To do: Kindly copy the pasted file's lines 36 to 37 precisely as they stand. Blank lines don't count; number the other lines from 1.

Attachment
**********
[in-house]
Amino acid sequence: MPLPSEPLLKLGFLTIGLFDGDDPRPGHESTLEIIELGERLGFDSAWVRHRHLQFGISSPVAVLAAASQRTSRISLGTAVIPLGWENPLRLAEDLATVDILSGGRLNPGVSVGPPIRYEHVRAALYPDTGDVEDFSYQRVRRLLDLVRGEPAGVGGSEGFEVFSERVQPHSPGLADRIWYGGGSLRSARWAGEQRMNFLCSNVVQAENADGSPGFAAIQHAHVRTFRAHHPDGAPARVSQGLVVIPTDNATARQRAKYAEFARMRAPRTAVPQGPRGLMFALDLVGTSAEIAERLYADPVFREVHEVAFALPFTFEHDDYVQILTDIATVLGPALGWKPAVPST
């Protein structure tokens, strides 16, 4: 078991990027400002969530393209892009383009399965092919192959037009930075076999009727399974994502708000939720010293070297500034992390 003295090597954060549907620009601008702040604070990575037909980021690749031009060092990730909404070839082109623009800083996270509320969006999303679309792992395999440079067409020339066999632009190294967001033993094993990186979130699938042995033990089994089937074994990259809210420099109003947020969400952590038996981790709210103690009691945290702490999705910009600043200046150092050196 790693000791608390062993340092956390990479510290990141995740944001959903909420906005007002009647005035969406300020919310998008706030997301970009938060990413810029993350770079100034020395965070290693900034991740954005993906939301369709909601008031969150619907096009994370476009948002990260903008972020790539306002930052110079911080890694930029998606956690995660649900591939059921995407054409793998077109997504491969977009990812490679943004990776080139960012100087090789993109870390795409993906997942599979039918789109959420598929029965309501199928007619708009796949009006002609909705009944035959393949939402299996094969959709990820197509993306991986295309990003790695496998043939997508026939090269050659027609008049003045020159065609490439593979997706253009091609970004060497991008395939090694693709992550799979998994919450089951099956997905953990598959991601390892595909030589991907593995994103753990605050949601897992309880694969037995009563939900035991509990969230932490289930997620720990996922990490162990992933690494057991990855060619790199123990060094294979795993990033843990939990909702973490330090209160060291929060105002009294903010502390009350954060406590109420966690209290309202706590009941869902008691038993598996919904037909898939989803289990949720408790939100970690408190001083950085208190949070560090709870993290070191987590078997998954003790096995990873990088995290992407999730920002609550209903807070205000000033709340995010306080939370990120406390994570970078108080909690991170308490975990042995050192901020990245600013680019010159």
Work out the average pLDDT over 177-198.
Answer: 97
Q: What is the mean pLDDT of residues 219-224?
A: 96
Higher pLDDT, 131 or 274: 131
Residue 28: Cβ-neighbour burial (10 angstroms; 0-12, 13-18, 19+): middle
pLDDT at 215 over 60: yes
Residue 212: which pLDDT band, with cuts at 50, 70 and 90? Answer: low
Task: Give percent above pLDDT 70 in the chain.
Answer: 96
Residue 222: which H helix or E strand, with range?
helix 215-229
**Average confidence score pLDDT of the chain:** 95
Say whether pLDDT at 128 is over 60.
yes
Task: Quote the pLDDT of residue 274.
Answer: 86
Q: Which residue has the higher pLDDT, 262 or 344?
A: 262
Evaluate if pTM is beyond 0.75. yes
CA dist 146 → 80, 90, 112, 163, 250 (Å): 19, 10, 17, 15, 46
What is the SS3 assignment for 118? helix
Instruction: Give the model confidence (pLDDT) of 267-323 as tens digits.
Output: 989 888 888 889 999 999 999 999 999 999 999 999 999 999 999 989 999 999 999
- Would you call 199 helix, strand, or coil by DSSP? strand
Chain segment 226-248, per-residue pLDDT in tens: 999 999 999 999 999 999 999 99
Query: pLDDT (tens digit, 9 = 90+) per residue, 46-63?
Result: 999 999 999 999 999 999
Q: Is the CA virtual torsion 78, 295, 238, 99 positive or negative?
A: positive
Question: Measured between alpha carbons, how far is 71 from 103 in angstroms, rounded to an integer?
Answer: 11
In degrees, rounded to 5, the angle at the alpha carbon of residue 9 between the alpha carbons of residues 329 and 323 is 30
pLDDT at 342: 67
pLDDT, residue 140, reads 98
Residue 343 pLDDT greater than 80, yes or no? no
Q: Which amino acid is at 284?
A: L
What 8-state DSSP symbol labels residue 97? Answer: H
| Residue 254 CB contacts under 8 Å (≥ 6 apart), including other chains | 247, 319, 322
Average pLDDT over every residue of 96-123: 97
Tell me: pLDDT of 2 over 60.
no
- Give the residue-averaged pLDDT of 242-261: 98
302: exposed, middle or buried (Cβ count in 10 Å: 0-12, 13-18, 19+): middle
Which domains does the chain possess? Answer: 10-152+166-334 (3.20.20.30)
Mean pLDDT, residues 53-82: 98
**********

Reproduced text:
In degrees, rounded to 5, the angle at the alpha carbon of residue 9 between the alpha carbons of residues 329 and 323 is 30
pLDDT at 342: 67